The U.S. Cattlemen's Association petitioned the USDA to establish label requirements for laboratory-grown meat and alternative proteins, said the weekly Tri-State Livestock News, of Belle Fourche, S.D. "We look forward to working with the agency to rectify the misleading labeling of 'beef' products that are made with plant or insect protein or grown in a Petri dish," said USCA president Kenny Graner.
The venture arm of the giant meat processor Tyson Foods invested in Memphis Meats, a food tech start-up that is developing cultured meat produced directly from animal cells. The Arkansas-based company declined to say how much money Tyson Ventures injected into Memphis Meats for a minority stake in the "clean meat" operation.
Maple Leaf Foods, Canada's largest distributor of packaged meats, says it will buy Field Roast Grain Meat Co. in an expansion of its role in the North American market for alternative proteins. Based in Seattle, Field Roast produces grain-based "meat" and vegan cheese products, such as plant-based roasts, sausages, burgers and sliced cheese. It also makes a frozen vegan mac-and-cheese.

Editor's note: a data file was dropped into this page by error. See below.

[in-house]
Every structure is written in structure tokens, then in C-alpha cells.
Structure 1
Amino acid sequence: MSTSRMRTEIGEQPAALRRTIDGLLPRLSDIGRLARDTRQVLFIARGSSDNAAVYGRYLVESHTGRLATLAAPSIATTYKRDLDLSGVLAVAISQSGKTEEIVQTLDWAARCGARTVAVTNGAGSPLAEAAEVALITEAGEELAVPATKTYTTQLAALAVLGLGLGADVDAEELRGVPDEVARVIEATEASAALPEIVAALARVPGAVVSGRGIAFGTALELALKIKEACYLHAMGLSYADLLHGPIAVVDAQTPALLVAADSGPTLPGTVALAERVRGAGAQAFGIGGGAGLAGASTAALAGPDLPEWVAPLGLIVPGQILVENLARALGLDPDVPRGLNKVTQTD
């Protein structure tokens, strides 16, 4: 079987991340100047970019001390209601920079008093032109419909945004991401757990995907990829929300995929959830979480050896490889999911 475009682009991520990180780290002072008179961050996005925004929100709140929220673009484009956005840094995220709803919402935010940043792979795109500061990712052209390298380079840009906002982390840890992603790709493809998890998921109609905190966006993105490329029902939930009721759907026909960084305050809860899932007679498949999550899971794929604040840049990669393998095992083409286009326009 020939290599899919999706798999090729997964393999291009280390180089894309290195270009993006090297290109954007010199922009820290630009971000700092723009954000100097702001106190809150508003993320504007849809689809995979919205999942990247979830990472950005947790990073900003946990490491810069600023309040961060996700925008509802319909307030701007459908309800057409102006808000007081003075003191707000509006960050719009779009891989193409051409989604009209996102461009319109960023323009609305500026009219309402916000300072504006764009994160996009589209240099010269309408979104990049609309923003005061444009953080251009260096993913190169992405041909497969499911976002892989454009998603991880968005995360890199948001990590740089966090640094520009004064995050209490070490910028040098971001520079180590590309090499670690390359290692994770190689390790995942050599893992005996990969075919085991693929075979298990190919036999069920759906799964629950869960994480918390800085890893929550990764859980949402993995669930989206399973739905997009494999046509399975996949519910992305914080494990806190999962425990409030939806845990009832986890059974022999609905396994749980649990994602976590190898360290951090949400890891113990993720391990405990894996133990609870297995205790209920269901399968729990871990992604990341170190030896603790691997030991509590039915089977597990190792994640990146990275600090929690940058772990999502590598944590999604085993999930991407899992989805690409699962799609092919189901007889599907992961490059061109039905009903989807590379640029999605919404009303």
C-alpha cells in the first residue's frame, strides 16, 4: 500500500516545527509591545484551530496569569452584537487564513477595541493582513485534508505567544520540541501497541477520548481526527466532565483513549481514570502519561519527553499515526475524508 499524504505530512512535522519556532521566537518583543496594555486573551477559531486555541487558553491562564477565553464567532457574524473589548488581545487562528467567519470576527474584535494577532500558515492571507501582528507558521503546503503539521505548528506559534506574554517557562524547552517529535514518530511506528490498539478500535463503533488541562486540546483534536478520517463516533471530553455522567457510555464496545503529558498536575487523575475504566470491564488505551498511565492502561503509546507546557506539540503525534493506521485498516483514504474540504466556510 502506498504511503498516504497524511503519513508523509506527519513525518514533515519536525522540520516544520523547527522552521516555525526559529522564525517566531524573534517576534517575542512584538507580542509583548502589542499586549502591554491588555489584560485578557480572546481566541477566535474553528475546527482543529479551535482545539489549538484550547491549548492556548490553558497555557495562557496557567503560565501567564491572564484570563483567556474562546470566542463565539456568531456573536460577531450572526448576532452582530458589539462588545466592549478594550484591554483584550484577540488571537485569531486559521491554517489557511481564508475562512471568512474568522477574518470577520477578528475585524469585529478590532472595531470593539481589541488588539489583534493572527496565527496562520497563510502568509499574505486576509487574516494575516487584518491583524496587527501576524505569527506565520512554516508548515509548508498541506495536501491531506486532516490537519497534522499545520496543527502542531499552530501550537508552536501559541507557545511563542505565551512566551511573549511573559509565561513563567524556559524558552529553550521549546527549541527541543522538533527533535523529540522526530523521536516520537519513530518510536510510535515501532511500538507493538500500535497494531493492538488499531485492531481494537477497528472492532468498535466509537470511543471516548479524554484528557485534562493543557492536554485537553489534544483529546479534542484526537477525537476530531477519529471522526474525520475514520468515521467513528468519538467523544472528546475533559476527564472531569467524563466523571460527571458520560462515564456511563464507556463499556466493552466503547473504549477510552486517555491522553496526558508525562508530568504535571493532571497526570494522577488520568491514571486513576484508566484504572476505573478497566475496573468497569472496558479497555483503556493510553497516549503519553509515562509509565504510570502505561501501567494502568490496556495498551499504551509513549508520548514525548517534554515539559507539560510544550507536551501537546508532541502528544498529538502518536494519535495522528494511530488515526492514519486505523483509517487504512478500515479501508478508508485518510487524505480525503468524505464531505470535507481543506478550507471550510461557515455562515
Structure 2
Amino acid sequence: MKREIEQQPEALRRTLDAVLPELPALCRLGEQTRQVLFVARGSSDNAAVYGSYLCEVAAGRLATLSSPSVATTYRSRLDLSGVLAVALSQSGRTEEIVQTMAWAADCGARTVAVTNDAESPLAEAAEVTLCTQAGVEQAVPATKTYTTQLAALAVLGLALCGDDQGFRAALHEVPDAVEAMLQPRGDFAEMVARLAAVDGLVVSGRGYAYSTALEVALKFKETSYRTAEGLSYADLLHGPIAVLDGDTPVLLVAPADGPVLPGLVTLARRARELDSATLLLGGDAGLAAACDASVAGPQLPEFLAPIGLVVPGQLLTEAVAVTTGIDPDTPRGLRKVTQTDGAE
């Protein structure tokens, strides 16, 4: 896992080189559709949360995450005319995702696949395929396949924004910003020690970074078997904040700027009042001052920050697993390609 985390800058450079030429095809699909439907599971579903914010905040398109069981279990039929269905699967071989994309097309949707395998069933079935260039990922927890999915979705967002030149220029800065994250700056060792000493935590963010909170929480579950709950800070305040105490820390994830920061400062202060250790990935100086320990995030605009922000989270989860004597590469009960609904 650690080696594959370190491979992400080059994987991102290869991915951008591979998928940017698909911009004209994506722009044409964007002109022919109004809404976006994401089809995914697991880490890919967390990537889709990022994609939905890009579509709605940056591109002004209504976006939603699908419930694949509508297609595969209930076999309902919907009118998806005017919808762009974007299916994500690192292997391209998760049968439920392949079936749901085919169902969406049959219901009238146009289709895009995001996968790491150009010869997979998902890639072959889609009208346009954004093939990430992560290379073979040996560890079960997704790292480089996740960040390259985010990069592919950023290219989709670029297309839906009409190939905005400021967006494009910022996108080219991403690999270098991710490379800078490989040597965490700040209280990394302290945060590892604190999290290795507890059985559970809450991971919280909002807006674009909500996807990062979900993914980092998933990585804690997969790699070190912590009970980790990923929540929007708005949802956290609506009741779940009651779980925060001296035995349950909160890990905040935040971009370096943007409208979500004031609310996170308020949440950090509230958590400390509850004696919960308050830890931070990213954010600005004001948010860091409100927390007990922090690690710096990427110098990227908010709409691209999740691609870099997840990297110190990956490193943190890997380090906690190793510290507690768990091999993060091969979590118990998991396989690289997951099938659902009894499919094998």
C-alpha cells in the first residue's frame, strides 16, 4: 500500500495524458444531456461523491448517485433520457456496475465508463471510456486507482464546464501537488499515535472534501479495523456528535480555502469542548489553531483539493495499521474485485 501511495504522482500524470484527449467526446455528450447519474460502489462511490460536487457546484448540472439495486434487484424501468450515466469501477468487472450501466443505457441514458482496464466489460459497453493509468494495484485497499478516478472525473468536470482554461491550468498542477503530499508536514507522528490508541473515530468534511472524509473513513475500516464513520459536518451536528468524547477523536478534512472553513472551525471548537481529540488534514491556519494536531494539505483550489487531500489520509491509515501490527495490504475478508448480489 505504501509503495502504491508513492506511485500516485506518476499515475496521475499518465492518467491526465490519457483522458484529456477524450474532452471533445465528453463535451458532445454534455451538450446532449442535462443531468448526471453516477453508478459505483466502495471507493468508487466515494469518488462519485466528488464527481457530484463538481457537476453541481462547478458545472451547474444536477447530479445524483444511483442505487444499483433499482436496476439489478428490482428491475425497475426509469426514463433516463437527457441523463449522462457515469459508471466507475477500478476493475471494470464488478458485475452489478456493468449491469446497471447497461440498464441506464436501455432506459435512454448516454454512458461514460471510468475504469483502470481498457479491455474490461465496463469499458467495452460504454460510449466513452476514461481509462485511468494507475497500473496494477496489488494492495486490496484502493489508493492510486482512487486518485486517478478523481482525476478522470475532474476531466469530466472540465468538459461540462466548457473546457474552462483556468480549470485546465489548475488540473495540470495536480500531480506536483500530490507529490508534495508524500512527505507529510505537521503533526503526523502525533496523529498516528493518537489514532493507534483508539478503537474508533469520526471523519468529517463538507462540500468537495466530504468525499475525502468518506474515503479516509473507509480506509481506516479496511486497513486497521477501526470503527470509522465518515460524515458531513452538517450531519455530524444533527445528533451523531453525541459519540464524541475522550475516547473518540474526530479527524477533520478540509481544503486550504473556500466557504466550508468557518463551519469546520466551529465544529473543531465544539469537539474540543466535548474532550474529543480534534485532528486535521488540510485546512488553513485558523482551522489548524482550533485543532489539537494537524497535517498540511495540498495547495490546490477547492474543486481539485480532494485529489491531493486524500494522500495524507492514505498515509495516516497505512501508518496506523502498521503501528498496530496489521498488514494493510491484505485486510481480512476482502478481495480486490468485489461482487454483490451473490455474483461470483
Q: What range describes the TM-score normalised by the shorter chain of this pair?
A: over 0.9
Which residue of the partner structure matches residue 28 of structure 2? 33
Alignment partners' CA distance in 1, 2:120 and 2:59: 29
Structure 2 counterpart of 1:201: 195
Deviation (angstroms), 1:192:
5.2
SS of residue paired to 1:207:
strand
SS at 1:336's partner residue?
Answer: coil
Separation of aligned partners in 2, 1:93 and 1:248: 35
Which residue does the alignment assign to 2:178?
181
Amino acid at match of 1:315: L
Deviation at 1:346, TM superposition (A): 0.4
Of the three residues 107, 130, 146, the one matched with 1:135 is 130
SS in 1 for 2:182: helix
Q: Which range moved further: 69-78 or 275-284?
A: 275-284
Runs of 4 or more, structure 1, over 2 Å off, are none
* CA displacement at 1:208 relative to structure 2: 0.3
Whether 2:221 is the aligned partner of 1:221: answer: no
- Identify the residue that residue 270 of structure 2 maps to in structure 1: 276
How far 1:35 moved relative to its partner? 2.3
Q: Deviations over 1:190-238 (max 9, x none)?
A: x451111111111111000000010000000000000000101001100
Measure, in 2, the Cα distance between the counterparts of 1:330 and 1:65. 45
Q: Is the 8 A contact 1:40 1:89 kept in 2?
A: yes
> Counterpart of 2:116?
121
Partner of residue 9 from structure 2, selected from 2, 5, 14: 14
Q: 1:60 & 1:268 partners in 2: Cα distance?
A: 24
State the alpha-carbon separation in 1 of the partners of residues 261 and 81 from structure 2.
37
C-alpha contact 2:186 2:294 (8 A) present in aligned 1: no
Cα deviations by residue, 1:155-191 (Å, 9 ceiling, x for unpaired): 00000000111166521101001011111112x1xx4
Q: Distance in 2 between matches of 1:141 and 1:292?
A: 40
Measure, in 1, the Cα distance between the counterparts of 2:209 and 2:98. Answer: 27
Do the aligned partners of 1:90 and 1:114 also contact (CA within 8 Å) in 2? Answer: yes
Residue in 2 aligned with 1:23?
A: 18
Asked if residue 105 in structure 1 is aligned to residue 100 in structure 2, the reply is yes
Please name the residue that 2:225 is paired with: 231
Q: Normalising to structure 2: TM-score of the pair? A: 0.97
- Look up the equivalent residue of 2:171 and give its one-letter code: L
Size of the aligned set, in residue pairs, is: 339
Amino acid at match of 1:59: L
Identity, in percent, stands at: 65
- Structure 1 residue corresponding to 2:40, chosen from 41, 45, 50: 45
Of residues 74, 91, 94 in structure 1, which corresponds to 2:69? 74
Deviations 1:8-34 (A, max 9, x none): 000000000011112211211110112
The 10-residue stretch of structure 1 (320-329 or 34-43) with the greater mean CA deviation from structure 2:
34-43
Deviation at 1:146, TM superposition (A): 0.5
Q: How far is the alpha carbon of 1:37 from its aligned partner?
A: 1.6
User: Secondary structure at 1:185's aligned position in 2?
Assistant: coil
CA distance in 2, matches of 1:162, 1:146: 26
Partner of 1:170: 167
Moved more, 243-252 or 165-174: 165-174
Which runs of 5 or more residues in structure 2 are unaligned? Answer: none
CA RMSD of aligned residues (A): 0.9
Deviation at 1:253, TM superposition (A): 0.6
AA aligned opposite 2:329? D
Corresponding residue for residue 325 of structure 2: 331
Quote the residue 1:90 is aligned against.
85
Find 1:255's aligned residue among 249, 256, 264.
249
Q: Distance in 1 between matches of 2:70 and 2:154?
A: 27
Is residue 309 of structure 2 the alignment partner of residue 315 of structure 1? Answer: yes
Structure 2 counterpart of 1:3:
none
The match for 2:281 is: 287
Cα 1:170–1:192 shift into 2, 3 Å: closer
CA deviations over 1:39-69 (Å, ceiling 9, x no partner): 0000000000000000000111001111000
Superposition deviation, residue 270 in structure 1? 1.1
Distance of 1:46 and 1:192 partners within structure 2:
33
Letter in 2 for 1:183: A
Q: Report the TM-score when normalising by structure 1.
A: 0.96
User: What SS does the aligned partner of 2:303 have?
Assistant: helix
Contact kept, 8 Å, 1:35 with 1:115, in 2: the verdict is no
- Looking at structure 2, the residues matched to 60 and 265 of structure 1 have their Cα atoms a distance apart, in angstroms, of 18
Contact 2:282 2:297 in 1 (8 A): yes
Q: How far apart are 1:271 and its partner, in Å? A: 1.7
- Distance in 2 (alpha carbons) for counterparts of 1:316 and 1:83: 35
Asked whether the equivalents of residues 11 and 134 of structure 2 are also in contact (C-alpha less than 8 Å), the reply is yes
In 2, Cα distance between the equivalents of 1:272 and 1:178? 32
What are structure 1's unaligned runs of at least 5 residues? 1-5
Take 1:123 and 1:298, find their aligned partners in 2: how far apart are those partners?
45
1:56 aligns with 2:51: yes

It's still a small part of the market, yet "burgers made from plants instead of animals are capturing more space on U.S barbecue grills this summer," says Reuters, pointing to estimates of global sales of $5 billion by 2020. Consumer research firm Technomic says alternative meat products are targeted at millennials and Generation X, people aged 18-50 years.
The giant U.S. food processor Tyson Foods launched a $150-million venture-capital fund "to invest in high-tech products and services that could refresh its stable of products, which include chicken, hot dogs and hamburgers," reports the Wall Street Journal. One focus of the fund will be alternative forms of protein, a field that includes plant-based foods, insect-based protein products, meat grown from self-reproducing cells and meat from 3-D printers.
One of the biggest meatpackers in the world, Tyson Foods, "appears to be the first big meat company to invest in a business that, among other things, aims to reduce consumption of chicken, beef and pork by replacing it with plant proteins, says the New York Times. Tyson purchased a 5-percent share of Beyond Meat, based in California.